Doctors attending President Tito tonight issued their most pessimistic-sounding bulletin yet on the health of the 87-year old Yugoslav leader, admitting for the first time that he has heart problems.

Medical sources said it now appears certain that Tito's health has undergone a major deterioration following amputation of his left leg three weeks ago. A bulletin issued Sunday spoke of kidney and digestive problems, and the former World War II guerrilla leader also is known to be suffering from diabetes and arteriosclerosis.

The latest bulletin issued by the eight-man medical council, all of them Yugoslav professors of medicine, read: "In the treatment of President Josip Broz Tito, further difficulties in connections with the functioning of the kidneys are present. The treatment has been made more difficult because of certain signs of heart weakness. Necessary medical measures are being undertaken."

The worsening in Tito's condition coincided with a strongly worded statement by his top of foreign policy adviser, Milos Minic, stressing that this country is well able to look after is own defense. The statement in an interview with Yugoslav journalists was interpreted here was a warning to the Soviet Union not to interfere in Yugoslavia's internal affairs should Tito die.

Minic, a member of the 24-man Communist Party Presidency, Yugoslavia's highest policy making body, warned of the danger of a return to "the laws of jungle" in international relations following Soviet intervention in Afghanistan. Officials have not hidden their concern that a breakdown in detente could have serious implications for Yugoslavia's own independence.

Tito was admitted to a hospital in the northwestern Yugoslav city of Ljubljana a month ago. On Jan. 12 surgeons failed in an attempt to bypass an arterial blockage in his leg with an artificial duct. The leg later had to be amputated.

Despite earlier optimistic forecasts of his rapid recovery, it is evident that the two operations eight days apart proved a severe blow to his condition. No pictures of him have been published for more than two weeks and reliable reports on his condition have been scant.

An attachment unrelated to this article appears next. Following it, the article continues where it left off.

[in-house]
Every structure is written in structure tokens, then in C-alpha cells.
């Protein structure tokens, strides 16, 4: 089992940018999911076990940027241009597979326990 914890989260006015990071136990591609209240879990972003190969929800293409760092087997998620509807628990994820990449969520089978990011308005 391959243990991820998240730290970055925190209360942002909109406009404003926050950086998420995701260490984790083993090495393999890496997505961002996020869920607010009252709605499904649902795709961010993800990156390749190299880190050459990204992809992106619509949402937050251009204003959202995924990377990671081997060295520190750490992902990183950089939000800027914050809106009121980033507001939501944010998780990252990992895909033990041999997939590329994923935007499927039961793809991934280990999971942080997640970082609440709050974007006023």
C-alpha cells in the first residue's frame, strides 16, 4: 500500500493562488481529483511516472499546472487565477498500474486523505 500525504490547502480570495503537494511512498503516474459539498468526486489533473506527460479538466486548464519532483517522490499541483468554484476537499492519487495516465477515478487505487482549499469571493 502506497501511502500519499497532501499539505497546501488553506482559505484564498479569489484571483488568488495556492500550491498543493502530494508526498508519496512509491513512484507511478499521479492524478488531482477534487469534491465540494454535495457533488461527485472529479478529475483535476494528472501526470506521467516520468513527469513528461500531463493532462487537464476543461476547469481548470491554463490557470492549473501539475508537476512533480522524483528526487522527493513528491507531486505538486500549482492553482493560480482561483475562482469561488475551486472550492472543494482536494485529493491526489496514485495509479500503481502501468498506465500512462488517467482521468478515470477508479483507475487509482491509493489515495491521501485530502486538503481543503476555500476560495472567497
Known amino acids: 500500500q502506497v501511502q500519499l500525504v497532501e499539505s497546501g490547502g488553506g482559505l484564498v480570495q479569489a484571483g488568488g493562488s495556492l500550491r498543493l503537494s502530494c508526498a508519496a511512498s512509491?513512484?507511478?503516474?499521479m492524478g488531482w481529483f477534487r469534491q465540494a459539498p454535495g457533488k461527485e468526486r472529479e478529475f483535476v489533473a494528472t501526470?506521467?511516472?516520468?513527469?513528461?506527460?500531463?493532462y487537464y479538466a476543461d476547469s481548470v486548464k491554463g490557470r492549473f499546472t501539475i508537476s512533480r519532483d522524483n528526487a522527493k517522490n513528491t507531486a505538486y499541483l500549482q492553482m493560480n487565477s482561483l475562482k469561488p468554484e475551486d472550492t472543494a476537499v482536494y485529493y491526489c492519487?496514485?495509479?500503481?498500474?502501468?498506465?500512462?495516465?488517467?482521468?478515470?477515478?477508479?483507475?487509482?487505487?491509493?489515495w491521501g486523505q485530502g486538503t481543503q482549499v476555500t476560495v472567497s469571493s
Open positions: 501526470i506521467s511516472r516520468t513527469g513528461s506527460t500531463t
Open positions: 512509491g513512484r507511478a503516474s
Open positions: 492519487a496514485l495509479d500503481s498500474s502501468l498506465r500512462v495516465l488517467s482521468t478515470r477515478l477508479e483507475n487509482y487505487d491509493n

Tens of thousands of messages have been ariving at the Ljubljana hospital wishing Tito a speedy recovery. In one such telegram that authorities said was typical, a Serbian schoolboy wrote:

"I am five years old and I love you a Lot. Don't ever be sich again."

Marshall Tito led a Yugoslav partisan uprising against invading German forces in World War II, and for most of this country's 22 million inhabitants he is the only head of state they have ever known. Under his leadership, Yugoslavia became the first communist satellite to break away from the Soviet Bloc.

" the important thing is that Tito lives," said one government figure, expressing a sentiment that has been repeated here in recent weeks. "As long as he's alive, the Russians won't dare touch us."

The flurry of concern over Tito's health last month has helped prepared ordinary Yugoslavs for the possibility of his death, and there are now fewer signs of tension. A state of alert, including the mobilization of reserve Army units, has been relaxed.

Nevertheless, the death of the man who has ruled Yugoslavia for 35 years would be an immense psychological blow to a nation that generally views him in the grand tradition of Balkan patriarchs: as a father figure wo protects his people from a hostiled, outside world.

In the event of Tito's death a collective leadership composed of representatives of each of Yugoslavia's different nationalities would assume responsibility for running the country. Political anaalysts believe the short-term transition to a post-Tito era should proceed farily smoothly.

In the longer term, Tito's successors would have to act skillfully to avoid a reemergence of deep-rooted grievances, fueled by the economic gulf between the developed north and underdeveloped south of the country.